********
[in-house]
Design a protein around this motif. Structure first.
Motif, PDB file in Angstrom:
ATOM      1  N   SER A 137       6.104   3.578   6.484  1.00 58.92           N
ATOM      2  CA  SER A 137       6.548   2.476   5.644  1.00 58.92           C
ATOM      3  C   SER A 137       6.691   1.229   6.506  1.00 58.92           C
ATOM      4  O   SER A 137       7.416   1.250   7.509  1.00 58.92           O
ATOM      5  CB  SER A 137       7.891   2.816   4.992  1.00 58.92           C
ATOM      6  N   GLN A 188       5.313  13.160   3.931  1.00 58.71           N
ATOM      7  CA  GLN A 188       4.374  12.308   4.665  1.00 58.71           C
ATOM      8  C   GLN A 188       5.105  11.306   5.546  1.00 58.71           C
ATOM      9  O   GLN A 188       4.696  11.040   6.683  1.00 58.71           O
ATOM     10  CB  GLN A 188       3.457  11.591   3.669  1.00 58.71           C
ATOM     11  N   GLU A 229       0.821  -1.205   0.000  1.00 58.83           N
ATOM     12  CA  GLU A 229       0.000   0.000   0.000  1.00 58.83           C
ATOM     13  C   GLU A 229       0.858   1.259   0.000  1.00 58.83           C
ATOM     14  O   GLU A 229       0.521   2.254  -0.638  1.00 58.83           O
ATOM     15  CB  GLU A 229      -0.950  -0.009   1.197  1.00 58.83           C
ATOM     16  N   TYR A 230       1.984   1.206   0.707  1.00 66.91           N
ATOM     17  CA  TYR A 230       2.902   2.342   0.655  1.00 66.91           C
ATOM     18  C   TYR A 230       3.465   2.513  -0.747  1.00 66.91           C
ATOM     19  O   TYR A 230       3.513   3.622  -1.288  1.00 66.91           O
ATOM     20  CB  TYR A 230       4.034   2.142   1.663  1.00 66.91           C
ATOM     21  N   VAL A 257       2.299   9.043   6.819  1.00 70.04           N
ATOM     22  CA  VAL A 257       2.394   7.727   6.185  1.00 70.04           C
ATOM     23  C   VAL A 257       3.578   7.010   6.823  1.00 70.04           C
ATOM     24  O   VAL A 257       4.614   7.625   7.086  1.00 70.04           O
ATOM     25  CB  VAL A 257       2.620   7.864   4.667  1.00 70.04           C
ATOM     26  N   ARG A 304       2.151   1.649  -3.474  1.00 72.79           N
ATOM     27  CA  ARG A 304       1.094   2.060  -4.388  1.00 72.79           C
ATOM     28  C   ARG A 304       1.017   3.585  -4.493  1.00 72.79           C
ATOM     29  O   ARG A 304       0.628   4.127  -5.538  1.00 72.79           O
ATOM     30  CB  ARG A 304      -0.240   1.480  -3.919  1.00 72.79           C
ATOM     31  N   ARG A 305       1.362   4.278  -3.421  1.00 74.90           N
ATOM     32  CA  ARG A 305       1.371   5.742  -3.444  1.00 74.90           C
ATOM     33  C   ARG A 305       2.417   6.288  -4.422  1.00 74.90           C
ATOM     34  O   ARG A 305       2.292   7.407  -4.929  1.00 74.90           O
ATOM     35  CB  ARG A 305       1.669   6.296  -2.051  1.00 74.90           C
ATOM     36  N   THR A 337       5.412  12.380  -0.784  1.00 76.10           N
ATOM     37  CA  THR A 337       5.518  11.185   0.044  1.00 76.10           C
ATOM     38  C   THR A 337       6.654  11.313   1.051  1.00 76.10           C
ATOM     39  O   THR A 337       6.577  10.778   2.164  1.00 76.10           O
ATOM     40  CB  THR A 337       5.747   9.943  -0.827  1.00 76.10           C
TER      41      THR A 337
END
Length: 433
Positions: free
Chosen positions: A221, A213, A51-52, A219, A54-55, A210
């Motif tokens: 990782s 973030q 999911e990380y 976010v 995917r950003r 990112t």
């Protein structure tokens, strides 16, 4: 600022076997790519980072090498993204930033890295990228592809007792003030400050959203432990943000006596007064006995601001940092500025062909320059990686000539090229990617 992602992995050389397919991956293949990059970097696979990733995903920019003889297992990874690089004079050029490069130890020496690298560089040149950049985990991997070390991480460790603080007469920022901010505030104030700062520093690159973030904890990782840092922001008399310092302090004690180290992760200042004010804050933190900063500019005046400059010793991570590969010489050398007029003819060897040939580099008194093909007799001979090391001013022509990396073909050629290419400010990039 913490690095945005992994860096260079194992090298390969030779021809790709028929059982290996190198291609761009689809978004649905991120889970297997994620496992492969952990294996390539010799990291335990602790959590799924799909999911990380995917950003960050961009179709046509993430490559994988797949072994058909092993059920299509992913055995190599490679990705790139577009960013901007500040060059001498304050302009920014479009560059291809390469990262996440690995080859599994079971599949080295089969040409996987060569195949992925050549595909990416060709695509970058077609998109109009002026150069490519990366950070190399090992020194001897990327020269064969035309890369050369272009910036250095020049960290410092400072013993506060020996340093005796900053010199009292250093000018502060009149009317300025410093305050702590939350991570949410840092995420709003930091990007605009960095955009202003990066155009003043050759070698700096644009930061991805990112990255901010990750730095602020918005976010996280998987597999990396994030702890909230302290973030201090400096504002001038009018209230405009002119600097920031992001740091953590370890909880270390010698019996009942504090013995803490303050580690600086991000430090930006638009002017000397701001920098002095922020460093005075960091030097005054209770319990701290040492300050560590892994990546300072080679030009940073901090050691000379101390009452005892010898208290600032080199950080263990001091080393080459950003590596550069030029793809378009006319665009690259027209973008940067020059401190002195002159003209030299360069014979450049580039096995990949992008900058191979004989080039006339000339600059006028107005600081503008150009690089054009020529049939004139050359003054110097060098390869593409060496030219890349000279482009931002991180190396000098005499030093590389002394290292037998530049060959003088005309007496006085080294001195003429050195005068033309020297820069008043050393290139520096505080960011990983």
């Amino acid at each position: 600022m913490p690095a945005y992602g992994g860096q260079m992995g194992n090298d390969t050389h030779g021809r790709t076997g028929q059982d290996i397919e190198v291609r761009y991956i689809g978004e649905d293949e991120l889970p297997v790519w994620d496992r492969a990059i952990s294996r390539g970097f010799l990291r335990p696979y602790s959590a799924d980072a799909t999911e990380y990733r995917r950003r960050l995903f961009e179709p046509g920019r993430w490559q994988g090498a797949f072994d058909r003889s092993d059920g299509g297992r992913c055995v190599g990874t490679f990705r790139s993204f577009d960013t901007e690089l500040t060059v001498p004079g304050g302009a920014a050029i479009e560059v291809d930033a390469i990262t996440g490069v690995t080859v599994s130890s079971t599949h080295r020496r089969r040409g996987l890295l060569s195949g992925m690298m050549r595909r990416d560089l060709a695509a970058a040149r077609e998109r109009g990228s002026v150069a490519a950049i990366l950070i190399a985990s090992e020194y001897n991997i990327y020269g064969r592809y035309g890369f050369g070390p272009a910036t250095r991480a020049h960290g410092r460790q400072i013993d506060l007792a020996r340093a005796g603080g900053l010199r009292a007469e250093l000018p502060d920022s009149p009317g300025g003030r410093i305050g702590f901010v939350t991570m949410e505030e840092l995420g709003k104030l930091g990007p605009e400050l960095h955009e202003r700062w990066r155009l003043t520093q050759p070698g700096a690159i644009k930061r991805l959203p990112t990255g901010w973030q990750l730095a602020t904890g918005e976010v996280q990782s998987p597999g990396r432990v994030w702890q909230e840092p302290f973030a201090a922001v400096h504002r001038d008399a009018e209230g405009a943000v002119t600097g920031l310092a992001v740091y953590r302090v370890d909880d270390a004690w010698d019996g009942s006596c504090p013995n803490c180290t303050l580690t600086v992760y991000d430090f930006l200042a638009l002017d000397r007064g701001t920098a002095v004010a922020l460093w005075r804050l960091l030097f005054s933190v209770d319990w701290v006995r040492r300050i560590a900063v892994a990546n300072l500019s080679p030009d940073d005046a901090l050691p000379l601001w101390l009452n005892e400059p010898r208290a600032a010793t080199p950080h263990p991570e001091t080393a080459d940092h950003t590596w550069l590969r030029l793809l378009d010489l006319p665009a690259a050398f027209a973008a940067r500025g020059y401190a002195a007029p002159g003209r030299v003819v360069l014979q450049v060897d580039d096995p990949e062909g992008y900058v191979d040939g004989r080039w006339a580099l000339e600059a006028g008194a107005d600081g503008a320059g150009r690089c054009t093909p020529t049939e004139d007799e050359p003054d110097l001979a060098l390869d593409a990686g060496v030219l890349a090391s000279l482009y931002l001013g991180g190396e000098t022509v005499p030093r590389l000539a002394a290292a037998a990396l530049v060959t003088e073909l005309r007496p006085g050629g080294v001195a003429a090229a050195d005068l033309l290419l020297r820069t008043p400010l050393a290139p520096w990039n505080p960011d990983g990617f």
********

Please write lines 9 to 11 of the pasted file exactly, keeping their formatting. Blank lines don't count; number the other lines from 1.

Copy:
ATOM      6  N   GLN A 188       5.313  13.160   3.931  1.00 58.71           N
ATOM      7  CA  GLN A 188       4.374  12.308   4.665  1.00 58.71           C
ATOM      8  C   GLN A 188       5.105  11.306   5.546  1.00 58.71           C